Citing a lack of evidence and excessive pretrial detention, lawyers for 28 suspected Cambodian Freedom Fighters requested Thursday that Phnom Penh’s Supreme Court drop all charges against their clients.
Nget Sarath, the prosecuting judge, has failed to provide compelling evidence that would justify convicting CFF suspects, relying primarily on a convicted CFF member’s questionable identification of the suspects now standing trial, defense lawyers said.
“The prosecutor has shown no documents that prove my clients were guilty of being CFF members, and in some cases the military police had no arrest warrants to arrest the defendants, so we request that the prosecuting judge drop all charges,” said Puth Theavy, who is representing 10 of the defendants.
The courts charged all 28 defendants with membership in an armed group and/or terrorism for the Nov 24 attack in Phnom Penh that left at least four dead.
According to Ket Thy, a lawyer representing alleged CFF member Tuy Ra, one piece of evidence against his client was the statement by An Mao, a CFF member who was tried and convicted in June. On Wednesday, Judge Sek Sethamony showed photographs of 18 suspected CFF members to the court and claimed that An Mao identified each defendant as a CFF member.
An Mao’s recognition of the suspects doesn’t seal their guilt because “An Mao is just one man, and he is already in prison, so we cannot believe him,” Ket Thy said. He added that Tuy Ra was not on a list of alleged CFF members compiled by convicted CFF member Richard Kiri Kim.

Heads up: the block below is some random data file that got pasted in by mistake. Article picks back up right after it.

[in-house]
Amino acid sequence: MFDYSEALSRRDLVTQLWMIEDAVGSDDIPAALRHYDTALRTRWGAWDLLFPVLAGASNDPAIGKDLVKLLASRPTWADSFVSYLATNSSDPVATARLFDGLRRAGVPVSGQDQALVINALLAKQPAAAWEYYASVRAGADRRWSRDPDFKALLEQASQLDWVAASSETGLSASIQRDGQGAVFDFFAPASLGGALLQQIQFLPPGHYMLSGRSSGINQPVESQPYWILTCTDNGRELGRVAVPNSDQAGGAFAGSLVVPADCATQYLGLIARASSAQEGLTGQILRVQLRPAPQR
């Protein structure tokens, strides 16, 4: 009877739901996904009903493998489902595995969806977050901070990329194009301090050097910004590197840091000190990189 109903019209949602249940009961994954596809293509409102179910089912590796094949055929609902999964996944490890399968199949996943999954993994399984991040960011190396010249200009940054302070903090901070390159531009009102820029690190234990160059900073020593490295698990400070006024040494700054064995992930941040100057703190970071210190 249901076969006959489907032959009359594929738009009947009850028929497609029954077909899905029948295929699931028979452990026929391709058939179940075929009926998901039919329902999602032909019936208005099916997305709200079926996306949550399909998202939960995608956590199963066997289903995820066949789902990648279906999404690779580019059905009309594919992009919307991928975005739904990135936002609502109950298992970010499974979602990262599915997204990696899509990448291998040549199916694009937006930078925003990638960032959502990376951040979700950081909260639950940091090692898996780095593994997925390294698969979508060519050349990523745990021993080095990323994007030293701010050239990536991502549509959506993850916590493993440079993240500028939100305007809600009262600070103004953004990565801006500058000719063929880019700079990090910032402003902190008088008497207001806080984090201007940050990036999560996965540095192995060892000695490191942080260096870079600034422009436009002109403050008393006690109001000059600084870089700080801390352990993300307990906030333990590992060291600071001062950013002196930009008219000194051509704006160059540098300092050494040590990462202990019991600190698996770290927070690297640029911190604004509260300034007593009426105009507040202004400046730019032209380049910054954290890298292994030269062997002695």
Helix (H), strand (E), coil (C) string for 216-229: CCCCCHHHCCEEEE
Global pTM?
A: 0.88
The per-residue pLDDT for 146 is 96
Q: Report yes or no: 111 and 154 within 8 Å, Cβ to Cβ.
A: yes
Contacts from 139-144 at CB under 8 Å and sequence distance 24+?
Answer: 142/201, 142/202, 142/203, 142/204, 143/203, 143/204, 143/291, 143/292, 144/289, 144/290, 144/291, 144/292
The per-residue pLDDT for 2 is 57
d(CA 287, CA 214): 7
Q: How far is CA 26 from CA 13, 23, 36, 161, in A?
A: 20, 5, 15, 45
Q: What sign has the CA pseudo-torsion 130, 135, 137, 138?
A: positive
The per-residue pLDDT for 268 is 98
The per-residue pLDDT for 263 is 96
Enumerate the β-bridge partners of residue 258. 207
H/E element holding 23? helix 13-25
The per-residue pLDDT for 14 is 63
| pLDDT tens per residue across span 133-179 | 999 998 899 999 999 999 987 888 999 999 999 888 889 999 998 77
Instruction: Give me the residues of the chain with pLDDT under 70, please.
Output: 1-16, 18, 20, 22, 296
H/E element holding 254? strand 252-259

Liv Sovanna, a lawyer representing two CFF suspects, said his clients should be released because the government detained them for more than 10 months without trial.
Under Article 14 of the Untac Penal Code, suspects can be detained for up to six months. After that time, they must be released on bail or have their charges dropped if the courts have not tried them.
Six other defense lawyers also requested dismissals based on the excessive pretrial detention. Twenty-six of the 28 defendants have been detained for more than six months.
Meanwhile, the attorney for Tep Simoly—the suspect who testified that he was an informant working for the Ministry of Defense—demanded that the courts call a military official to testify that her client was indeed a government agent.
“My client is a CFF informant and the courts must call [Deputy Commander of Intelligence for the Ministry of Defense] Hour Sareth to testify,” said defense attorney Sinn Sovorn.
Sek Sethamony said the court sent a letter to Hour Sareth requesting his presence in the court, but on Wednesday, the courts received a reply from Hour Sareth saying he was too busy to attend.